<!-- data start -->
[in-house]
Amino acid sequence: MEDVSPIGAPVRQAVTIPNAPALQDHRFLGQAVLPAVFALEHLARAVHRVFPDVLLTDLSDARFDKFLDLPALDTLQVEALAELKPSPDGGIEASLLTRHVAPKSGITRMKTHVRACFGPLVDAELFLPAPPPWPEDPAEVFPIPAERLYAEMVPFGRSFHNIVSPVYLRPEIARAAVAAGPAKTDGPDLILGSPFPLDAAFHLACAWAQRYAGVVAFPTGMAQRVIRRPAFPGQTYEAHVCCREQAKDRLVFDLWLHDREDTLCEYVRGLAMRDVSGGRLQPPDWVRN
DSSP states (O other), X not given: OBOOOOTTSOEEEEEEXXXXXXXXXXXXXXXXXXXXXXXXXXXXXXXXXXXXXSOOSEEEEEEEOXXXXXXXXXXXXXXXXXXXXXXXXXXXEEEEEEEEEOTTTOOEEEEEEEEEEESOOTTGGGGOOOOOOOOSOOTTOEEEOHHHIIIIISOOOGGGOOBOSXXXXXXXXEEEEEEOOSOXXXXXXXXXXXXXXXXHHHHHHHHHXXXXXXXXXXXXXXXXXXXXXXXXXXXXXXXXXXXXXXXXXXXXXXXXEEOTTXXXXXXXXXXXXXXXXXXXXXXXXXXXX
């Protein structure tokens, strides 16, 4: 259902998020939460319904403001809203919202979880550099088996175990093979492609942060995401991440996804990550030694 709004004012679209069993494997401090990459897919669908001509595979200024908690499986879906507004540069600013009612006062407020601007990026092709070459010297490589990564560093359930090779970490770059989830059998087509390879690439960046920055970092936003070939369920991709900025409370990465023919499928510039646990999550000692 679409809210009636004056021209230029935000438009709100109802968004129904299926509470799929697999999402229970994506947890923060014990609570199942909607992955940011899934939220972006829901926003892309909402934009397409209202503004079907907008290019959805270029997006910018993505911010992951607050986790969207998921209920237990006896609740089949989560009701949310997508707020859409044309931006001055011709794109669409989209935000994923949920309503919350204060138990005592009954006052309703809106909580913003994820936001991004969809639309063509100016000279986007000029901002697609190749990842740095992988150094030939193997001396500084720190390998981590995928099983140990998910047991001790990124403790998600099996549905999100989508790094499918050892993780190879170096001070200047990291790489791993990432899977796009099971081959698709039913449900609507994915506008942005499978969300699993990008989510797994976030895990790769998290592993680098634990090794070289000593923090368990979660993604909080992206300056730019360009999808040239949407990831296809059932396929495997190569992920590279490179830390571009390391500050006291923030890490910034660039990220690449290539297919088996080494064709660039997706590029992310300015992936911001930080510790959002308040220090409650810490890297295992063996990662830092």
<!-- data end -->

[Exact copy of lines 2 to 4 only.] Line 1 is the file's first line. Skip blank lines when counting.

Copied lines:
Amino acid sequence: MEDVSPIGAPVRQAVTIPNAPALQDHRFLGQAVLPAVFALEHLARAVHRVFPDVLLTDLSDARFDKFLDLPALDTLQVEALAELKPSPDGGIEASLLTRHVAPKSGITRMKTHVRACFGPLVDAELFLPAPPPWPEDPAEVFPIPAERLYAEMVPFGRSFHNIVSPVYLRPEIARAAVAAGPAKTDGPDLILGSPFPLDAAFHLACAWAQRYAGVVAFPTGMAQRVIRRPAFPGQTYEAHVCCREQAKDRLVFDLWLHDREDTLCEYVRGLAMRDVSGGRLQPPDWVRN
DSSP states (O other), X not given: OBOOOOTTSOEEEEEEXXXXXXXXXXXXXXXXXXXXXXXXXXXXXXXXXXXXXSOOSEEEEEEEOXXXXXXXXXXXXXXXXXXXXXXXXXXXEEEEEEEEEOTTTOOEEEEEEEEEEESOOTTGGGGOOOOOOOOSOOTTOEEEOHHHIIIIISOOOGGGOOBOSXXXXXXXXEEEEEEOOSOXXXXXXXXXXXXXXXXHHHHHHHHHXXXXXXXXXXXXXXXXXXXXXXXXXXXXXXXXXXXXXXXXXXXXXXXXEEOTTXXXXXXXXXXXXXXXXXXXXXXXXXXXX
């Protein structure tokens, strides 16, 4: 259902998020939460319904403001809203919202979880550099088996175990093979492609942060995401991440996804990550030694 709004004012679209069993494997401090990459897919669908001509595979200024908690499986879906507004540069600013009612006062407020601007990026092709070459010297490589990564560093359930090779970490770059989830059998087509390879690439960046920055970092936003070939369920991709900025409370990465023919499928510039646990999550000692 679409809210009636004056021209230029935000438009709100109802968004129904299926509470799929697999999402229970994506947890923060014990609570199942909607992955940011899934939220972006829901926003892309909402934009397409209202503004079907907008290019959805270029997006910018993505911010992951607050986790969207998921209920237990006896609740089949989560009701949310997508707020859409044309931006001055011709794109669409989209935000994923949920309503919350204060138990005592009954006052309703809106909580913003994820936001991004969809639309063509100016000279986007000029901002697609190749990842740095992988150094030939193997001396500084720190390998981590995928099983140990998910047991001790990124403790998600099996549905999100989508790094499918050892993780190879170096001070200047990291790489791993990432899977796009099971081959698709039913449900609507994915506008942005499978969300699993990008989510797994976030895990790769998290592993680098634990090794070289000593923090368990979660993604909080992206300056730019360009999808040239949407990831296809059932396929495997190569992920590279490179830390571009390391500050006291923030890490910034660039990220690449290539297919088996080494064709660039997706590029992310300015992936911001930080510790959002308040220090409650810490890297295992063996990662830092």